Fiction Suspense Urban Fantasy

What am I doing here? Sherry thought to herself, slotting yet another large, old book into its place on the scuffed metal shelf. With the squeak of rusty wheels, she pushed the cart a few feet farther down the aisle, paused to check her list, then hefted another heavy tome up onto the shelf. As she slid it into place, a puff of dust arose, billowing into her face. She backed away, coughing.

This was awful, and totally not worth the extra credit toward her journalism major.

Sherry paused in her work, catching her breath again, and looked around. The university library was an absolute anachronism. Row upon row of old industrial shelving, looking like something from a Soviet archive, held reams of decaying books, on every academic subject imaginable. All of it was meticulously organized and catalogued, using—of all things—an ancient index card system. The air was close, thick with floating dust motes, lit by fluorescent tubes in recessed fixtures, which buzzed and flickered constantly. The whole place stank of rotting paper and mildew, which seemed to have seeped into the worn carpeting beneath her feet.

And, for the next two terms, keeping it all in proper shape was her responsibility.

“Sherry?” a strident voice called out, muffled by the intervening shelves of books. “Where are you? Haven’t you finished with that load yet?”

Sherry scowled, hunching her shoulders. That was probably the worst part: Professor Willman. She didn’t know much about the man or his past, and until she’d started at the university library, he’d been little more than an occasionally glimpsed figure, shuffling down the halls or across the cafeteria. He was such a nonentity around the campus that few people even engaged in speculation about him. Just another tenured middling academic, living out his career at a state university. No one was even sure what subject he taught; Sherry had never met anyone who attended his classes. No, he just hung around the library all the time, making life miserable for anyone actually trying to get a book, or—in her case—work there.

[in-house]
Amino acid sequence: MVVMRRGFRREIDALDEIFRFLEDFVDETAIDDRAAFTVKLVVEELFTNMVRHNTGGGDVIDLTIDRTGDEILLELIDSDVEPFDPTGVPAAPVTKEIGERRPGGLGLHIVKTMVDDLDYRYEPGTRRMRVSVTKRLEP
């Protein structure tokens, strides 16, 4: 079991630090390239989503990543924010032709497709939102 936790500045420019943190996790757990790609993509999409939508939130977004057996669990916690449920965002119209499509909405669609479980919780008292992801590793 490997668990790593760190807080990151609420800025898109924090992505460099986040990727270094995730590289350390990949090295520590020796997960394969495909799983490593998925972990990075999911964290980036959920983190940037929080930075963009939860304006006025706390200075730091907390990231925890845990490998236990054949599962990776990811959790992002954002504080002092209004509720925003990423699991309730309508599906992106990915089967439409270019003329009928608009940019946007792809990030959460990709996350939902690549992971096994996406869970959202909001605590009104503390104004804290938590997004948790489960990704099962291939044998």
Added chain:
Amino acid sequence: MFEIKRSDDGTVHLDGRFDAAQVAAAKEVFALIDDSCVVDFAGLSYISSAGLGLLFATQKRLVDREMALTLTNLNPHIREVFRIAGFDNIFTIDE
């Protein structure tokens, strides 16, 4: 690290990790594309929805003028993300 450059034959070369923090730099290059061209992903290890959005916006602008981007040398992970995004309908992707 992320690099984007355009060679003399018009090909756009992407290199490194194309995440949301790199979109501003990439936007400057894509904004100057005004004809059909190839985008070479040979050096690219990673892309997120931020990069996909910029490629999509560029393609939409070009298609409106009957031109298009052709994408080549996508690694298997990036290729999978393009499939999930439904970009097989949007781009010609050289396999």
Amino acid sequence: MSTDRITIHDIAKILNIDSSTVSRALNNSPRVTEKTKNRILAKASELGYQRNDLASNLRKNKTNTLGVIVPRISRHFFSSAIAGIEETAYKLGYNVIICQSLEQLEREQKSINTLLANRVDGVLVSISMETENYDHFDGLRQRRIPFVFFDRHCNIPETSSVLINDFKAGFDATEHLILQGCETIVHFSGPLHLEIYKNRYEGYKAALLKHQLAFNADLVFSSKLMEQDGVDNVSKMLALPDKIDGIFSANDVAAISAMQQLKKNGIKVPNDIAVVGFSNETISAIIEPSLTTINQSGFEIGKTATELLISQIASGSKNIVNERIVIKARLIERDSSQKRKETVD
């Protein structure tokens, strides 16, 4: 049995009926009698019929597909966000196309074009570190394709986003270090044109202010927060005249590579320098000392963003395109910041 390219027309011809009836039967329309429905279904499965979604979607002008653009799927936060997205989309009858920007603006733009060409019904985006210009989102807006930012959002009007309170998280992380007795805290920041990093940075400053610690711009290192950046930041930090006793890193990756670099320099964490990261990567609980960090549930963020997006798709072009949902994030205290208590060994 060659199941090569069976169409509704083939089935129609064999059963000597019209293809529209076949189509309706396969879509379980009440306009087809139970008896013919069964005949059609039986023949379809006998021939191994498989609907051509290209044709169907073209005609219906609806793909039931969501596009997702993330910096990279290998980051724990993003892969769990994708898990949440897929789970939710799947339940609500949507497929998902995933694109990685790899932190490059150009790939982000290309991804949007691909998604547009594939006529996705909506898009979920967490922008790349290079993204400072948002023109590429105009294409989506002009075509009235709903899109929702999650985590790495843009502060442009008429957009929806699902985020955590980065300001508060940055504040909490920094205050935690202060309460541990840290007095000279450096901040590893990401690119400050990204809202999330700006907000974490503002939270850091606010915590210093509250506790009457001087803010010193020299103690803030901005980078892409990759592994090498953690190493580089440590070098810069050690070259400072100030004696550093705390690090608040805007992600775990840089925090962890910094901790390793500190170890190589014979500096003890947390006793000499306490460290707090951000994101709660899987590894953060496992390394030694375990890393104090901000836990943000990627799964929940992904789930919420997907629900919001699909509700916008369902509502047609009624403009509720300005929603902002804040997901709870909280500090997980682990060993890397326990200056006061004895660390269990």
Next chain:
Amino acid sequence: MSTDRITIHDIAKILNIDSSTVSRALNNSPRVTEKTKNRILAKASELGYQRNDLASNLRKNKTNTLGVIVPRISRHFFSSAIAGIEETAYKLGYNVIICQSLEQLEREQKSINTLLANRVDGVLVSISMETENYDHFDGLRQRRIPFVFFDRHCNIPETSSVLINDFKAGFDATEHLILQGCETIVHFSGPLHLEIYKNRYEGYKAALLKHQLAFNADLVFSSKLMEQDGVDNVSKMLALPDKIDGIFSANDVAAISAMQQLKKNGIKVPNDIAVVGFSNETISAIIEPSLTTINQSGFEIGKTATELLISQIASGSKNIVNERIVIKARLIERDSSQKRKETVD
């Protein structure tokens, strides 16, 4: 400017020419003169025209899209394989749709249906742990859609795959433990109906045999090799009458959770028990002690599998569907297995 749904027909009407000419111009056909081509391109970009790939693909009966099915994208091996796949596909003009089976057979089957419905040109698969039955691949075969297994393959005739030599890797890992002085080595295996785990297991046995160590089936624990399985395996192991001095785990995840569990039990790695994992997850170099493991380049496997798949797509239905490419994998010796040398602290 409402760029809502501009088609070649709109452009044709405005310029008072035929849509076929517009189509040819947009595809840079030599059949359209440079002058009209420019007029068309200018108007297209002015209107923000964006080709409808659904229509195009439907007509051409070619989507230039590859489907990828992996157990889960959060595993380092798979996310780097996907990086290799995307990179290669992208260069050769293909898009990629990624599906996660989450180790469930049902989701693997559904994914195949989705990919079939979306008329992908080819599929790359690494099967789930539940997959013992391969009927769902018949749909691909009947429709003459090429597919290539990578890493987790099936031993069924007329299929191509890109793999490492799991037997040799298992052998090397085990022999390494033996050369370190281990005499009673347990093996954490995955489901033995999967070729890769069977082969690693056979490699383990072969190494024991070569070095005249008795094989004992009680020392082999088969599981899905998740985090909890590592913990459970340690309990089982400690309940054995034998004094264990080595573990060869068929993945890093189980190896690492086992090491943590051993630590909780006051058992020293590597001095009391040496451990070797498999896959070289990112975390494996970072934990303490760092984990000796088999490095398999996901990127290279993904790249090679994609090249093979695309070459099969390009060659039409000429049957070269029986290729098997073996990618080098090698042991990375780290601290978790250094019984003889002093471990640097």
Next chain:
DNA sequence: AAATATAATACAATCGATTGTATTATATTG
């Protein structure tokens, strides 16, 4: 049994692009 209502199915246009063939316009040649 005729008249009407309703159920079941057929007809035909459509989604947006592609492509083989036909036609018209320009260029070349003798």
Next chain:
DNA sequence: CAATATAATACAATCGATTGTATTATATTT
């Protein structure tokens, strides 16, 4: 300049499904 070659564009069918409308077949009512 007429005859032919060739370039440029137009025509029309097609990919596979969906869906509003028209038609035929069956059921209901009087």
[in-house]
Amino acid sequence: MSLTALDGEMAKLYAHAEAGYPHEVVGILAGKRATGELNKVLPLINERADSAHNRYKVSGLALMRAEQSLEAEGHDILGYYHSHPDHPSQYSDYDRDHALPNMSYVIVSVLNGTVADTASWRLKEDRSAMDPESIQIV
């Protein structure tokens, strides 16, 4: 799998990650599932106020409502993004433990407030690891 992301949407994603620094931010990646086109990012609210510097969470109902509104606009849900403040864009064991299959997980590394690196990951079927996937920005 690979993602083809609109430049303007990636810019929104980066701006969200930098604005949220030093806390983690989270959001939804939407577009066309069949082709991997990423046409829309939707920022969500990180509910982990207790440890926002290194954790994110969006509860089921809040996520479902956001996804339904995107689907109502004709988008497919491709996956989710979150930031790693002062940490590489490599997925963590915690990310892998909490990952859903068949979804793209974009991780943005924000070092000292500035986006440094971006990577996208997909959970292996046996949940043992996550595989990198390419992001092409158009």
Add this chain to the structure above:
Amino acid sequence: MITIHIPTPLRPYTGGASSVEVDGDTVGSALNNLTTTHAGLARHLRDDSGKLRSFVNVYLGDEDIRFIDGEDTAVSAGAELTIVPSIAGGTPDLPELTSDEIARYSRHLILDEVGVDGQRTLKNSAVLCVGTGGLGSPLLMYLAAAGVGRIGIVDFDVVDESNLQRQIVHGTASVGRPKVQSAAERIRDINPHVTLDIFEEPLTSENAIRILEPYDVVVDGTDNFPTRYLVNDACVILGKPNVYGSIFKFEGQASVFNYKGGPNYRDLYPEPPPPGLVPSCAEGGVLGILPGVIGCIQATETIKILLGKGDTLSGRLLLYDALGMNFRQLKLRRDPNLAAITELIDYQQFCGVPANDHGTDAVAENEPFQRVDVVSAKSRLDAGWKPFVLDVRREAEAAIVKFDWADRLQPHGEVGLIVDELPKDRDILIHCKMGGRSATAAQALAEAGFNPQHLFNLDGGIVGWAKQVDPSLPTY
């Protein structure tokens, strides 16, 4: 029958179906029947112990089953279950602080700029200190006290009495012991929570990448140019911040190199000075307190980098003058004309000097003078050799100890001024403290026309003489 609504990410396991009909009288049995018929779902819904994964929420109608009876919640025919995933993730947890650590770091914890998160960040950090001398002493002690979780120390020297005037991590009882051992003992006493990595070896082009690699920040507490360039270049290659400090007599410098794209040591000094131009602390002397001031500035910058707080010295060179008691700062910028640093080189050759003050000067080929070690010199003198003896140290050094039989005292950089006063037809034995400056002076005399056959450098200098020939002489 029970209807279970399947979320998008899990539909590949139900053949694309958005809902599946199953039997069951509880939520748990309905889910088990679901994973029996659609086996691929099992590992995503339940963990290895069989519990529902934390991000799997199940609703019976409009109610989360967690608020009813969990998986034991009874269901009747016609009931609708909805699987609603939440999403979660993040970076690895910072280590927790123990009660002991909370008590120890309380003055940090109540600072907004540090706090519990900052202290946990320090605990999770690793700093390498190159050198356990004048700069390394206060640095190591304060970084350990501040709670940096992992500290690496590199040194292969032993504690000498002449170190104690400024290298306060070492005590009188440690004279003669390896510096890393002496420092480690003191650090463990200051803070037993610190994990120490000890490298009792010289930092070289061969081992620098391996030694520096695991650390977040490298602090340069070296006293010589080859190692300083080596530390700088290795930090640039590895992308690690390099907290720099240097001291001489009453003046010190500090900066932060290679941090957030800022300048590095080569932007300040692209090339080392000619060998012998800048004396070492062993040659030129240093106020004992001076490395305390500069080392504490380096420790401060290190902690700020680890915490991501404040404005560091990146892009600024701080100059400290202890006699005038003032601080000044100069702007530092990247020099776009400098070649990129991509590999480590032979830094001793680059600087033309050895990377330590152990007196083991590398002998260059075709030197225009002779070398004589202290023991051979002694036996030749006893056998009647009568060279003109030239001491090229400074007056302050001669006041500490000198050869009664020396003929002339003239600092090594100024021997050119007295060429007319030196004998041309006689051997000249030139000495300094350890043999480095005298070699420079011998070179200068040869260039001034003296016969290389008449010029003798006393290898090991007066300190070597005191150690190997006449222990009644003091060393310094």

This was so not worth the extra credit.

“Almost, Professor,” she called back. She hurriedly pushed the cart a few more feet, shelved a few more books, and hastened on. Maybe if she got these done quickly enough, she could beg off early, plead a headache or something. Then she could think seriously about this arrangement, maybe come up with another way to fill out her quarter.